Usually, i tell people i’m from around Boston, but I’m not even from there. I grew up just outside New Bedford. It’s a port city on the South Shore that used to be big on whaling. You got lots of ugly Portuguese there. I live and work in L.A. now and when I tell my coworkers where I’m from, the most I ever get is:
“So is that near Cape Cod?”
“Yeah,” I’ll say.
“I went to Martha’s Vineyard when I was a kid,” they might say.
“Oh yeah?” I’d say.
Yeah. Nobody from New Bedford ever left to go live somewhere else where people actually use their brains. Not my parents or my friends or anybody else. They’re all just a bunch of brain-zombies there. Nothing ever happened in New Bedford other than graduation or someone having a kid.
Me and some guys from high school used to race cars to cut the boredom. We’d buy these shitbox clunkers listed in Autotrader and install all kinds of aftermarket parts to make them roll faster. On a given Sunday, there’d be like three or four of us drinking beers in a garage, tuning these beasts. When a part was incompatible we’d work a miracle just to keep them running. Then the sun would set and we’d burn up the state roads like a bunch of retards.
The driveway goes right down the middle of the lawn, splitting it into two patches of grass you can’t really do much of nothing with. I never played football or catch growing up because Dad’s truck would be in the way.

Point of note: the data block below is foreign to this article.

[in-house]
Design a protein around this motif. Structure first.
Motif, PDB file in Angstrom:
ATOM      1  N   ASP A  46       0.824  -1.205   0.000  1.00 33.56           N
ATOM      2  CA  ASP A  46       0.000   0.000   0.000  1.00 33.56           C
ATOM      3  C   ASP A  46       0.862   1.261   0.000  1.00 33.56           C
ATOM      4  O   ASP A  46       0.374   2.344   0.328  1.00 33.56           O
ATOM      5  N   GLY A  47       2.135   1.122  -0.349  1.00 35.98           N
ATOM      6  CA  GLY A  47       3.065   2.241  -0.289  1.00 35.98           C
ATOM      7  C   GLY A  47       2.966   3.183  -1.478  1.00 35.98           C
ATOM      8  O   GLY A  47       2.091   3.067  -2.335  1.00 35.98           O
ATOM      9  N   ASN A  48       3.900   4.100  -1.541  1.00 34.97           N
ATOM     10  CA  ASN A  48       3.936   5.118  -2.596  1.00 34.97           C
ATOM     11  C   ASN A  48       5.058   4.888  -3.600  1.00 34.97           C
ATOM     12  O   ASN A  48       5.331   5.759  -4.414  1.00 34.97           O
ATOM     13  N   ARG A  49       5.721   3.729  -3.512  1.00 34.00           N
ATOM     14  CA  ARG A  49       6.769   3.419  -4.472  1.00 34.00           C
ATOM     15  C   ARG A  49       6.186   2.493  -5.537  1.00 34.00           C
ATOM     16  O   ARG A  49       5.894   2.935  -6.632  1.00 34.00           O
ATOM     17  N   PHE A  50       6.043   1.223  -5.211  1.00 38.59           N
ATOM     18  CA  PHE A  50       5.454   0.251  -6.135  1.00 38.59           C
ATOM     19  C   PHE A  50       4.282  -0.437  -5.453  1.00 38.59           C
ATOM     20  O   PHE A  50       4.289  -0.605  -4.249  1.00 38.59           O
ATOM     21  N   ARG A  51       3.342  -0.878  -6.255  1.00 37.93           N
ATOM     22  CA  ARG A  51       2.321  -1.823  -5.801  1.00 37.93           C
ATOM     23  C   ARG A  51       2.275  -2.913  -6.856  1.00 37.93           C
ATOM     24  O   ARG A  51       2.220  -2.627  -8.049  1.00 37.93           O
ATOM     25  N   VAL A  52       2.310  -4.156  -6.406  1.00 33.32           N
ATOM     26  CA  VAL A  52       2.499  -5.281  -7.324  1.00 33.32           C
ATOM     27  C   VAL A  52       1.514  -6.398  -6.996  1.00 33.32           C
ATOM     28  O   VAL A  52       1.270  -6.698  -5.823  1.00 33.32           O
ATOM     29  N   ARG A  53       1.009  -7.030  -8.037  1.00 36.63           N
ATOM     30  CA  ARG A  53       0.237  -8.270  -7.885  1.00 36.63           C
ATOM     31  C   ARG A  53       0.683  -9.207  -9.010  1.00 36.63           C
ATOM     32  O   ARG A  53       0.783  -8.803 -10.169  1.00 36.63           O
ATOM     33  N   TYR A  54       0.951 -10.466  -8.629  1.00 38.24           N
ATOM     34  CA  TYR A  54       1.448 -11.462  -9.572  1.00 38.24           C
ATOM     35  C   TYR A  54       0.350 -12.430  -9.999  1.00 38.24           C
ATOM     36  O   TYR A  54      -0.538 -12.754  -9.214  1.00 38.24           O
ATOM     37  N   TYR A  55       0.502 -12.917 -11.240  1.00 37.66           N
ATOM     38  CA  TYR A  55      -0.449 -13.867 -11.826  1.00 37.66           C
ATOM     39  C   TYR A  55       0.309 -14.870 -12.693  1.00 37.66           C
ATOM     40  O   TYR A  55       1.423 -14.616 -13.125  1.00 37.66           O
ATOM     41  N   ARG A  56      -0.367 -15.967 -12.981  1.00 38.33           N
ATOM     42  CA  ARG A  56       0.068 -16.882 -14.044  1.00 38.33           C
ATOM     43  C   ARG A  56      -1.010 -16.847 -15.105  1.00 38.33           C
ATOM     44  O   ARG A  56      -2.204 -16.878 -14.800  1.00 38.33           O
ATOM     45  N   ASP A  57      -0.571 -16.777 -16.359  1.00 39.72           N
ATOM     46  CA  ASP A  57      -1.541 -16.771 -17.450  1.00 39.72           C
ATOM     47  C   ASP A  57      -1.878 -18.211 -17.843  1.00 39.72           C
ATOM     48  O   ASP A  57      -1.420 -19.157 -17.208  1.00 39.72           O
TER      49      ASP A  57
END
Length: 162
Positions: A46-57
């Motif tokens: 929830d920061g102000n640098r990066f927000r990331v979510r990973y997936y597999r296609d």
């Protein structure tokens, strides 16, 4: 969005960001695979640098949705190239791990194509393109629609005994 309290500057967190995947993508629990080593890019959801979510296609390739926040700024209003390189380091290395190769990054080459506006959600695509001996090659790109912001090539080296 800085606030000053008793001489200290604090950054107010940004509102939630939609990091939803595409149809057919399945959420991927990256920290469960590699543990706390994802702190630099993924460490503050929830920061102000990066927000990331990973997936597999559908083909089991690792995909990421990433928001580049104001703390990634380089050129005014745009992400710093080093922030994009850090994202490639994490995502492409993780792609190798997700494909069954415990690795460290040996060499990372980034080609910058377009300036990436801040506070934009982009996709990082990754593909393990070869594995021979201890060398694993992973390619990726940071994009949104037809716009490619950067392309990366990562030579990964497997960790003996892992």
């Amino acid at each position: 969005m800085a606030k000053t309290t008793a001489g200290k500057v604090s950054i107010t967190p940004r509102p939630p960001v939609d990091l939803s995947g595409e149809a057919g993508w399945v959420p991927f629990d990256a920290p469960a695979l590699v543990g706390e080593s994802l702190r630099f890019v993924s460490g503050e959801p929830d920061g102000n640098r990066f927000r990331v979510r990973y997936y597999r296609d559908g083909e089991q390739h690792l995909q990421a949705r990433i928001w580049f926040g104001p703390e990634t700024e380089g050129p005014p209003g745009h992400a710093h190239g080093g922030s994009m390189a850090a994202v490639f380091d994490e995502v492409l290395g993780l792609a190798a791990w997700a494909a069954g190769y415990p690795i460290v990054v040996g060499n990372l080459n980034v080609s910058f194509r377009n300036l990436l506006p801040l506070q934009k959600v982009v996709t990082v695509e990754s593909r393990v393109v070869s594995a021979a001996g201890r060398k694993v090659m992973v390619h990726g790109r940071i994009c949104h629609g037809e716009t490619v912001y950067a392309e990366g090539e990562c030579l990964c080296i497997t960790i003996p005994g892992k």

I was there the night Anthony DiGinnaro flipped his Nissan Skyline. I was racing him. He was banking hard, trying to keep ahead of my Mark II but he kept fishtailing ’cause his power train was weird and his ABS wasn’t set up. Grinding out this one sharp turn near the Fall River exit, he hit a hole in the road and, boom, popped his front left tire. Skyline lost traction, hit the barrier going like sixty or something and flipped over it. Crunch. Dude went through the windshield and hit a tree.
All my friends went to the funeral, but I didn’t go. Nobody knew it was me he was racing, but showing up just didn’t feel right.
I started having these nightmares about keeping Anthony’s engine in my dad’s basement, like I’d lifted it out of his wrecked Skyline somehow. We’d be eating dinner but that engine would be on a cinder block downstairs running hot. I’d come down ’cause of the noise and there it was, pistons firing redder and redder and smoking up the space. I’d wake up screaming.
“It’s just stress,” My dad said. “Your mother used to be like that.”
I cracked and told him about the race. We got into a fight about the whole thing.
“You oughta be ashamed,” he said. “What if you hit someone?”
Euthanasia by car? No different than the movies, when people drive into a big crowd of zombies. Kinda like bowling. I threw it back in his face. I don’t know why. Maybe I was disappointed at how he had no crazy story of his own to absolve me with. Something about how, back in the day, he and Uncle Beamish used to put their toes right up to the edge, too. He didn’t have any stories like that. I kind of felt like I had outgrown him.